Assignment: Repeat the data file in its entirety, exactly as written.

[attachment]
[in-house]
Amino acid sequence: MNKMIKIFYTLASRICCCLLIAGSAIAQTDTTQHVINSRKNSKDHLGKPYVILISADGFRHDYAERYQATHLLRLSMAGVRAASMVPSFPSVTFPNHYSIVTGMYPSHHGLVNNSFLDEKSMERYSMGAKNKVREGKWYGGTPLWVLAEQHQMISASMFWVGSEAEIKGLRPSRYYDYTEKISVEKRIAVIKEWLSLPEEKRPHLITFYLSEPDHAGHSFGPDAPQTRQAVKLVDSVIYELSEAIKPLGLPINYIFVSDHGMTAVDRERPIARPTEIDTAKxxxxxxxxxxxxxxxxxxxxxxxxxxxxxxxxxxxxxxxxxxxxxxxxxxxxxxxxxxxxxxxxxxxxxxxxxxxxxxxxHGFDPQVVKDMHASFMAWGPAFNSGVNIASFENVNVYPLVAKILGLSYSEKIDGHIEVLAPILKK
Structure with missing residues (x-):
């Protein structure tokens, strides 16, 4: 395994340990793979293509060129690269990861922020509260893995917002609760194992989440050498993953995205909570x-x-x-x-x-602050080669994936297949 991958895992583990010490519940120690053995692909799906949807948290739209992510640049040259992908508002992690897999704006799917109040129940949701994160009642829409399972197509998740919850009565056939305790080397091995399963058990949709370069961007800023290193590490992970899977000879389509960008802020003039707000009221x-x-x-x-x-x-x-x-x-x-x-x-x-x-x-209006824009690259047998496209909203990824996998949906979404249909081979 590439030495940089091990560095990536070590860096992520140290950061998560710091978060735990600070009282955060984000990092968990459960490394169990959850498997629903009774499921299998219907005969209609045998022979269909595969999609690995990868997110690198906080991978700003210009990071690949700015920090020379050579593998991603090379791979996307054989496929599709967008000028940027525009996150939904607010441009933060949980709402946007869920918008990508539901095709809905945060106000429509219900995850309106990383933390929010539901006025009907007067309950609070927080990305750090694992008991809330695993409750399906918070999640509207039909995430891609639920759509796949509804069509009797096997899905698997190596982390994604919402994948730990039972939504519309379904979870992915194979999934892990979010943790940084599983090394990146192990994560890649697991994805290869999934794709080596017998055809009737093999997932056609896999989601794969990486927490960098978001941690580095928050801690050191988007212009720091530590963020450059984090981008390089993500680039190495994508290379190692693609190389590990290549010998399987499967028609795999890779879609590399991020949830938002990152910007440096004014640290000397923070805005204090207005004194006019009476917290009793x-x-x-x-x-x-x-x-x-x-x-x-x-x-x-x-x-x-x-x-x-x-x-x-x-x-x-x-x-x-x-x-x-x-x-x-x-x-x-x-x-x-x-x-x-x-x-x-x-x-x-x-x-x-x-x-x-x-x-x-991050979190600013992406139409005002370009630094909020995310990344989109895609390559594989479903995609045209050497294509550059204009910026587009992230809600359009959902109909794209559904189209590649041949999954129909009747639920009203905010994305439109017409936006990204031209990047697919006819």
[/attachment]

[in-house]
Amino acid sequence: MNKMIKIFYTLASRICCCLLIAGSAIAQTDTTQHVINSRKNSKDHLGKPYVILISADGFRHDYAERYQATHLLRLSMAGVRAASMVPSFPSVTFPNHYSIVTGMYPSHHGLVNNSFLDEKSMERYSMGAKNKVREGKWYGGTPLWVLAEQHQMISASMFWVGSEAEIKGLRPSRYYDYTEKISVEKRIAVIKEWLSLPEEKRPHLITFYLSEPDHAGHSFGPDAPQTRQAVKLVDSVIYELSEAIKPLGLPINYIFVSDHGMTAVDRERPIARPTEIDTAKxxxxxxxxxxxxxxxxxxxxxxxxxxxxxxxxxxxxxxxxxxxxxxxxxxxxxxxxxxxxxxxxxxxxxxxxxxxxxxxxHGFDPQVVKDMHASFMAWGPAFNSGVNIASFENVNVYPLVAKILGLSYSEKIDGHIEVLAPILKK
Structure with missing residues (x-):
């Protein structure tokens, strides 16, 4: 395994340990793979293509060129690269990861922020509260893995917002609760194992989440050498993953995205909570x-x-x-x-x-602050080669994936297949 991958895992583990010490519940120690053995692909799906949807948290739209992510640049040259992908508002992690897999704006799917109040129940949701994160009642829409399972197509998740919850009565056939305790080397091995399963058990949709370069961007800023290193590490992970899977000879389509960008802020003039707000009221x-x-x-x-x-x-x-x-x-x-x-x-x-x-x-209006824009690259047998496209909203990824996998949906979404249909081979 590439030495940089091990560095990536070590860096992520140290950061998560710091978060735990600070009282955060984000990092968990459960490394169990959850498997629903009774499921299998219907005969209609045998022979269909595969999609690995990868997110690198906080991978700003210009990071690949700015920090020379050579593998991603090379791979996307054989496929599709967008000028940027525009996150939904607010441009933060949980709402946007869920918008990508539901095709809905945060106000429509219900995850309106990383933390929010539901006025009907007067309950609070927080990305750090694992008991809330695993409750399906918070999640509207039909995430891609639920759509796949509804069509009797096997899905698997190596982390994604919402994948730990039972939504519309379904979870992915194979999934892990979010943790940084599983090394990146192990994560890649697991994805290869999934794709080596017998055809009737093999997932056609896999989601794969990486927490960098978001941690580095928050801690050191988007212009720091530590963020450059984090981008390089993500680039190495994508290379190692693609190389590990290549010998399987499967028609795999890779879609590399991020949830938002990152910007440096004014640290000397923070805005204090207005004194006019009476917290009793x-x-x-x-x-x-x-x-x-x-x-x-x-x-x-x-x-x-x-x-x-x-x-x-x-x-x-x-x-x-x-x-x-x-x-x-x-x-x-x-x-x-x-x-x-x-x-x-x-x-x-x-x-x-x-x-x-x-x-x-991050979190600013992406139409005002370009630094909020995310990344989109895609390559594989479903995609045209050497294509550059204009910026587009992230809600359009959902109909794209559904189209590649041949999954129909009747639920009203905010994305439109017409936006990204031209990047697919006819």